Portfolio Perspective

Time to ditch the 60/40 rule?

Anna Robaton, special to CNBC.com

For decades now, the 60/40 stock-vs.-bond rule has been the poster child for a moderate-risk retirement portfolio.

The formula, once widely used by pension funds, is supposed to produce relatively stable long-term growth, with bonds cushioning the risk of stocks.

But with life expectancy rising and yields on high-quality bonds still hovering at anemic levels, it seems appropriate to wonder whether the 60/40 rule remains a prudent strategy for middle-aged investors trying to ensure they don't outlive their retirement savings someday.

Jorg Greuel | Getty Images

Some financial advisors argue that it's long past time for investors to stop behaving like it's 1984, when yields on the benchmark 10-year Treasury regularly topped 10 percent. The yield on the 10-year is now just under 2 percent.

"The traditional recommendation of 40 percent fixed-income exposure is no longer relevant to today's market environment," said Chris Hardy, founder and CEO of Paramount Investment Advisors, a fee-only advisory firm.

"It's time to let go of preferences and recognize that investors need to earn a decent amount of return for the amount of risk taken, added Hardy, a certified financial planner. "There is a lot of 'risk' in fixed income that returns less than inflation."

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If the 60/40 rule is passé, then what should replace it? That, of course, depends on whom you ask.

Leon LaBrecque, CEO of fee-only advisory firm LJPR Financial Advisors, says his practice migrated away from the 60/40 rule in recent years, allocating a bit more to stocks (e.g., 65 percent or 70 percent) for clients in moderate-risk portfolios.

Perhaps 70/30 ought to be the new 60/40, said LaBrecque, who started his firm in 1989, when the yield on the 30-year Treasury was about 9 percent. The 30-year now yields just more than 2.5 percent.

The purpose of fixed income has never been income. When stocks do tank, bonds allow investors to rebalance and buy stocks when the herd is selling.
Allan Roth
founder of Wealth Logic

"In this low-return environment, which we think will continue, the risk mitigation of bonds does not proportionally outweigh their very diminished returns," he said.

What more, bond investors, particularly those in longer-term bonds, are in for a bumpy ride when the Federal Reserve inevitably resumes its planned rate hikes, added LaBrecque. When interest rates rise, bond prices generally decline and vice versa.

"If you are in the 60/40 camp, recognize that bonds do have inherent risk, and that is the risk of interest rates going up," said LaBrecque, an attorney and CFP.

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Some advisors argue that the 60/40 rule always left something to be desired. When it comes to financial planning, there are no one-size-fits-all formulas, said Harold Evensky, a CFP and chairman of fee-only advisory firm Evensky & Katz/Foldes Financial.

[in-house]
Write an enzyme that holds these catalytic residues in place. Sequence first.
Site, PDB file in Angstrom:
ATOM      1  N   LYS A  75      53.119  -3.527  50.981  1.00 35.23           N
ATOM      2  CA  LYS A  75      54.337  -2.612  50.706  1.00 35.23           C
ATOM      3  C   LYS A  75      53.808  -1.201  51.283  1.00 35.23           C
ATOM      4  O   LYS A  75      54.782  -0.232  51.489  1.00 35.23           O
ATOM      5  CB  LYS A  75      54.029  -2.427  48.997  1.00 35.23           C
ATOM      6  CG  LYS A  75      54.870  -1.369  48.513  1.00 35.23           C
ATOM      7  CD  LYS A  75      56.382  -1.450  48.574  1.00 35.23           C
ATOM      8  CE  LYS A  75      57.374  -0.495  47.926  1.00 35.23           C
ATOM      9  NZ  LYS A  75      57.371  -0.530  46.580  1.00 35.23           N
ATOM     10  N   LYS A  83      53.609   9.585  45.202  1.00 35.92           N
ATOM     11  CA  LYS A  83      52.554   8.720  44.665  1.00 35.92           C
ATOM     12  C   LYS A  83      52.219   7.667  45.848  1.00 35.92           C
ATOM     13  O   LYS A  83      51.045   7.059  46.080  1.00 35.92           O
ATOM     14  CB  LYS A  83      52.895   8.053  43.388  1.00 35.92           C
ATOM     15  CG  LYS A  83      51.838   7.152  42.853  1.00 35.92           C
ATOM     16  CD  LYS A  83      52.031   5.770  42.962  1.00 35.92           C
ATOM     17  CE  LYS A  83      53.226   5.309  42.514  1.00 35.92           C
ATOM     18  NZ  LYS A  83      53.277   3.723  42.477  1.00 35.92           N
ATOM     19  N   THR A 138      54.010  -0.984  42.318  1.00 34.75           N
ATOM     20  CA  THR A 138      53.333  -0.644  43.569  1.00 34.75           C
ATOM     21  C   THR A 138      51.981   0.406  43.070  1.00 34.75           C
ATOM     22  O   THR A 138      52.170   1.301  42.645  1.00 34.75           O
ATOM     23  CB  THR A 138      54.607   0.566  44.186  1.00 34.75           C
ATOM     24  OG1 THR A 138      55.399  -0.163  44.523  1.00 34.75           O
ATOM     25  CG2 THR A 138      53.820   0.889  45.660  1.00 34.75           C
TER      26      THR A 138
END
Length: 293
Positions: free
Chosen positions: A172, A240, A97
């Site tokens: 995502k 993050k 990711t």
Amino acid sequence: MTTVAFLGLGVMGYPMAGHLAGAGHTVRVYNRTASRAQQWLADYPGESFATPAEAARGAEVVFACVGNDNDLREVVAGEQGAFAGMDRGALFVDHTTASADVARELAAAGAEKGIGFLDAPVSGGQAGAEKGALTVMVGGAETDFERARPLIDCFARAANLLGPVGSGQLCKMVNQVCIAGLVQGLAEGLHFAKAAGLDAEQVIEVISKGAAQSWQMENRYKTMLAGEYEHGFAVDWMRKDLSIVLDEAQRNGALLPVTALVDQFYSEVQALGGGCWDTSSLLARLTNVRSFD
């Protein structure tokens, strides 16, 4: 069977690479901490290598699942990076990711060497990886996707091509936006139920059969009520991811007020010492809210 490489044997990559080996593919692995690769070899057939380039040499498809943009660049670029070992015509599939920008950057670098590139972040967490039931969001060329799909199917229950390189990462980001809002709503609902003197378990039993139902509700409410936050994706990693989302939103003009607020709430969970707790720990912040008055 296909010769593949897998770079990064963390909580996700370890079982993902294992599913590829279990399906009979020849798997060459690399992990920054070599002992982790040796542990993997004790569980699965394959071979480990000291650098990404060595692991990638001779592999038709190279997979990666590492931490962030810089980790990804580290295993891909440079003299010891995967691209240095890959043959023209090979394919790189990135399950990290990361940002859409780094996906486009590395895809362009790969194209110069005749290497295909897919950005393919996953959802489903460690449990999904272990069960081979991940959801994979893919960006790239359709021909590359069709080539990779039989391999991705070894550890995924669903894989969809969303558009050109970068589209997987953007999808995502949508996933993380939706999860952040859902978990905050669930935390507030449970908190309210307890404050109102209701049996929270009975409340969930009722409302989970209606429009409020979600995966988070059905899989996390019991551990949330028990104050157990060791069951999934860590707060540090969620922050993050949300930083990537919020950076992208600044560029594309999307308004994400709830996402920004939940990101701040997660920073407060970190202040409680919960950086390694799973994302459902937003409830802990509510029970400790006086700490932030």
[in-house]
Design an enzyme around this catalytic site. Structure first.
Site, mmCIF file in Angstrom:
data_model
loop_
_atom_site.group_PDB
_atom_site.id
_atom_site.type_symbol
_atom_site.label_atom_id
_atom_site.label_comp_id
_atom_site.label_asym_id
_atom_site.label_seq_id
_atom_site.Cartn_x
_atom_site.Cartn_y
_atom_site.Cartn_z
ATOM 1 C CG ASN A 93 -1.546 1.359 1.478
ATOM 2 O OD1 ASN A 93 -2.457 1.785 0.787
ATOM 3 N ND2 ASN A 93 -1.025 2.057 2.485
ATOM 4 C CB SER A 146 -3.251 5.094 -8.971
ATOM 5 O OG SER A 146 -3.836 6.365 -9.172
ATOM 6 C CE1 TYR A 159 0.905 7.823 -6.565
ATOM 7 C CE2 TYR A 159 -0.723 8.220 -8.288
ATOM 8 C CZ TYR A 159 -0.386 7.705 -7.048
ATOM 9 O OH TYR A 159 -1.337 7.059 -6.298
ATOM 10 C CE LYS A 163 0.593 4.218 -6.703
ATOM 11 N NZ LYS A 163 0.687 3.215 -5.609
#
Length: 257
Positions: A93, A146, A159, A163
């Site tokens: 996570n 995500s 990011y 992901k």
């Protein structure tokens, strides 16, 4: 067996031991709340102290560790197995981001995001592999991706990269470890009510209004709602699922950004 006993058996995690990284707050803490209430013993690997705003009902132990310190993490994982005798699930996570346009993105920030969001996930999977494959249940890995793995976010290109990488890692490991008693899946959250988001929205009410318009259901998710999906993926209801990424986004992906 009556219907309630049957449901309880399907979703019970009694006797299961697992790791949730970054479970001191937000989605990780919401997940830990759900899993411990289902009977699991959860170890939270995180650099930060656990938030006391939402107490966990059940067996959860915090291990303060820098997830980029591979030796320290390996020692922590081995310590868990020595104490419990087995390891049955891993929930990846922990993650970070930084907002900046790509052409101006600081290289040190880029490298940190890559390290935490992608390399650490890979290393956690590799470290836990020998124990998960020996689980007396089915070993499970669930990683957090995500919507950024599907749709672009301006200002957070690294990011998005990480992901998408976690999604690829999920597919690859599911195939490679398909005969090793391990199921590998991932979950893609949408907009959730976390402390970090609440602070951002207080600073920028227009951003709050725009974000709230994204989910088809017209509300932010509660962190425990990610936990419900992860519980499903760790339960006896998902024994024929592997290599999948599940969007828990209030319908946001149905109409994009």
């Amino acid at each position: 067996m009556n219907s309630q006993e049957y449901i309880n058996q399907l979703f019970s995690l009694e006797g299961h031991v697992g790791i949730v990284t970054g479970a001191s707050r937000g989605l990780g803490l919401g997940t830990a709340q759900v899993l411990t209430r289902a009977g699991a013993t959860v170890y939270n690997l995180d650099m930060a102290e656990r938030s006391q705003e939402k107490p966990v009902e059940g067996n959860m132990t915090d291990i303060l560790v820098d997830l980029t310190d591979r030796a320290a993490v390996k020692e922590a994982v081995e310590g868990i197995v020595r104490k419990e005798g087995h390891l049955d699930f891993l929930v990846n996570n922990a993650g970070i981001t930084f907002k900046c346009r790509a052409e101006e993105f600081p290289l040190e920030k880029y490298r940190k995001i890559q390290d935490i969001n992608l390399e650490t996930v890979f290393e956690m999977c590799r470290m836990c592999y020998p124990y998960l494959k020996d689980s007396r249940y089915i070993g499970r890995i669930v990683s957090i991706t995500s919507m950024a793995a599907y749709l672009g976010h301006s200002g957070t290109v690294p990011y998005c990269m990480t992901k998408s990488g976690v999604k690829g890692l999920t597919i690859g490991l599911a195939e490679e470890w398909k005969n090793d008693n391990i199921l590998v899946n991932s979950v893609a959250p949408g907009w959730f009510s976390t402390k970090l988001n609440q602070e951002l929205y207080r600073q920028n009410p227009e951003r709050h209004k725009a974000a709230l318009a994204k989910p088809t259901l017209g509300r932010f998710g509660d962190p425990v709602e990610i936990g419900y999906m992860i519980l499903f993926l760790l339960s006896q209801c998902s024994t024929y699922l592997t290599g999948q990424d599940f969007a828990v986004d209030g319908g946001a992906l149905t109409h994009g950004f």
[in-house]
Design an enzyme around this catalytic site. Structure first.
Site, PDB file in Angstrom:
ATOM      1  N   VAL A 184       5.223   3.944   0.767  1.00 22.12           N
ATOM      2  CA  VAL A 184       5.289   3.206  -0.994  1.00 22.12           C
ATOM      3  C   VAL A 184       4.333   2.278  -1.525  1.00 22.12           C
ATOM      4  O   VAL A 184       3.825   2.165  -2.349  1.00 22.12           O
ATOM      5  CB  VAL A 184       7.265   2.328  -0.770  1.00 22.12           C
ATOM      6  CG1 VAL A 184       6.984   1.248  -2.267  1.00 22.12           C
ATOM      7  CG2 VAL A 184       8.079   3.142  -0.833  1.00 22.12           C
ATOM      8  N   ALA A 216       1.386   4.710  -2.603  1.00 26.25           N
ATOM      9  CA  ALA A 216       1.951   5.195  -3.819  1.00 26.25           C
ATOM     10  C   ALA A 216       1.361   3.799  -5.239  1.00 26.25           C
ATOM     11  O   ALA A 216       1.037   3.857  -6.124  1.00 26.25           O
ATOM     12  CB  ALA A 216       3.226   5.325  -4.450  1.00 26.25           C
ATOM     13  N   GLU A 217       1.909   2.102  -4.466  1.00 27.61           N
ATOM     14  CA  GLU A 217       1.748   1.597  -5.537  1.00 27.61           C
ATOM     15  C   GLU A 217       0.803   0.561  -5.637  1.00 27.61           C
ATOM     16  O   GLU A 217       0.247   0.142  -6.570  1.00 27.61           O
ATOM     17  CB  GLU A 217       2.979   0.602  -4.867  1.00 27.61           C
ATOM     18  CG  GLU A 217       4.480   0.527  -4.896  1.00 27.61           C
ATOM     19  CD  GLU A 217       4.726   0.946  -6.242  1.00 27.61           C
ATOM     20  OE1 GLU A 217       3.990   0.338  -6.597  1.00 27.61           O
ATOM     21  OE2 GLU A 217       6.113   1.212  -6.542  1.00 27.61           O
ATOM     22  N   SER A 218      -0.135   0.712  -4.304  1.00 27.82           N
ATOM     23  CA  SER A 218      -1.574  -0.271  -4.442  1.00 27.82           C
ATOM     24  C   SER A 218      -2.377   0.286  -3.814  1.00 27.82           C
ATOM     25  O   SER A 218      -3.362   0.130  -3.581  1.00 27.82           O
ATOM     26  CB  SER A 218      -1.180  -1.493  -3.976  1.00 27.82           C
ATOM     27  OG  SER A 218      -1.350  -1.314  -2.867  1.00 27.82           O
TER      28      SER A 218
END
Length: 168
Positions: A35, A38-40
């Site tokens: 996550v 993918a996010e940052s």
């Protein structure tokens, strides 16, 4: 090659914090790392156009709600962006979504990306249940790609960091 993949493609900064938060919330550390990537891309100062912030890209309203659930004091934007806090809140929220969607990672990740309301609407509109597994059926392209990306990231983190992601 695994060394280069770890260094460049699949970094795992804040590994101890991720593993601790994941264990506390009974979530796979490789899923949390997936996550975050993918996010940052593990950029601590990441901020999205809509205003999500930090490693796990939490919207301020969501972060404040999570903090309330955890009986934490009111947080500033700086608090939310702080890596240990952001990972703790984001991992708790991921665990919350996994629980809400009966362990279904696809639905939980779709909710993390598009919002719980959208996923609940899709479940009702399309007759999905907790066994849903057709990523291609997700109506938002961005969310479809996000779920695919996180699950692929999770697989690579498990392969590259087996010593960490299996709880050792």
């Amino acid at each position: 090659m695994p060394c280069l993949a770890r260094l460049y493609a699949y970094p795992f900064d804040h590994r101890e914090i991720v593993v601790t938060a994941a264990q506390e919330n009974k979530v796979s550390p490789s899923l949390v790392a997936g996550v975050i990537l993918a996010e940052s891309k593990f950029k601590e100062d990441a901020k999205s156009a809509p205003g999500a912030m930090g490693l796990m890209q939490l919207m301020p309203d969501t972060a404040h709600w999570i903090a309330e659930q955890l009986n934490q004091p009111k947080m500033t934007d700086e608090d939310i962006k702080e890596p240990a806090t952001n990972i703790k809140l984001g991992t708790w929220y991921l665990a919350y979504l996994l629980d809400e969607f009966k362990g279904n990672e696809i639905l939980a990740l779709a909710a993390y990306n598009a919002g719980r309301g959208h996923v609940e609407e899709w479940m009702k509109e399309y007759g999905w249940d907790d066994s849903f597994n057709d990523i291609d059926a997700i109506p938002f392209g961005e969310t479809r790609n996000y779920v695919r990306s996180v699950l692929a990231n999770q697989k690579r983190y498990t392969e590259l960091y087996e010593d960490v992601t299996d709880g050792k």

The 60/40 rule, he said, is "an extraordinarily rough guideline for someone who doesn't have a clue where to start."

"If someone isn't looking for professional advice, I'd say consider that rule a beginning," Evensky said.

His firm weighs several factors when it comes to making asset-allocation decisions, including the return need, risk capacity, risk tolerance and age of a given client. Age, Evensky explained, is the least important consideration.

Risk capacity has to do with the amount of risk an investor can take and still have a chance of recovering from serious setbacks to meet their financial goals, according to Evensky.

Risk tolerance, he said, is "that threshold of pain and misery just before you decide you are going to liquidate and go to cash."

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Evensky says it's not uncommon for clients to find that they can achieve their financial goals below their given risk capacity and tolerance. Some clients, he said, may be able to live with an 80 percent allocation to stocks but can achieve their goals with a 50 percent allocation and go that route.

Allan Roth, CFP and founder of Wealth Logic, an hourly-based financial planning firm, said investors ought to think twice before buying into the notion that they should reach for higher returns by taking more risk with stocks.

Sure, the yields on Treasurys are relatively low right now, but so, too, is inflation, noted Roth. As measured by the Consumer Price Index, the inflation rate was less than 1 percent in 2015.

In 1980 the yield on the 30-year Treasury was about 12 percent, but inflation was a whopping 13 percent, said Roth. Real, after-tax returns on Treasurys are actually much better today than they were in 1980, he said.

Investors, he added, should remember the true purpose of high-quality bonds in a diversified portfolio when they are tempted to reach for higher-yielding alternatives.

"The purpose of fixed income has never been income," Roth said. "Bonds are the more stable part of one's portfolio.

When stocks do tank, bonds allow investors to rebalance and buy stocks when the herd is selling," he added.

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Indeed, most investors don't have the stomach to ride out the volatility associated with an all-stock portfolio, even though research has shown that stocks outperform bonds over very long periods, said CFP Lewis Altfest, CEO and chief investment officer of Altfest Personal Wealth Management, a fee-only firm.

"Most people cannot take the volatility involved in having all their money in stocks," Altfest said. "They would just sell and do so at the wrong time."

— By Anna Robaton, special to CNBC.com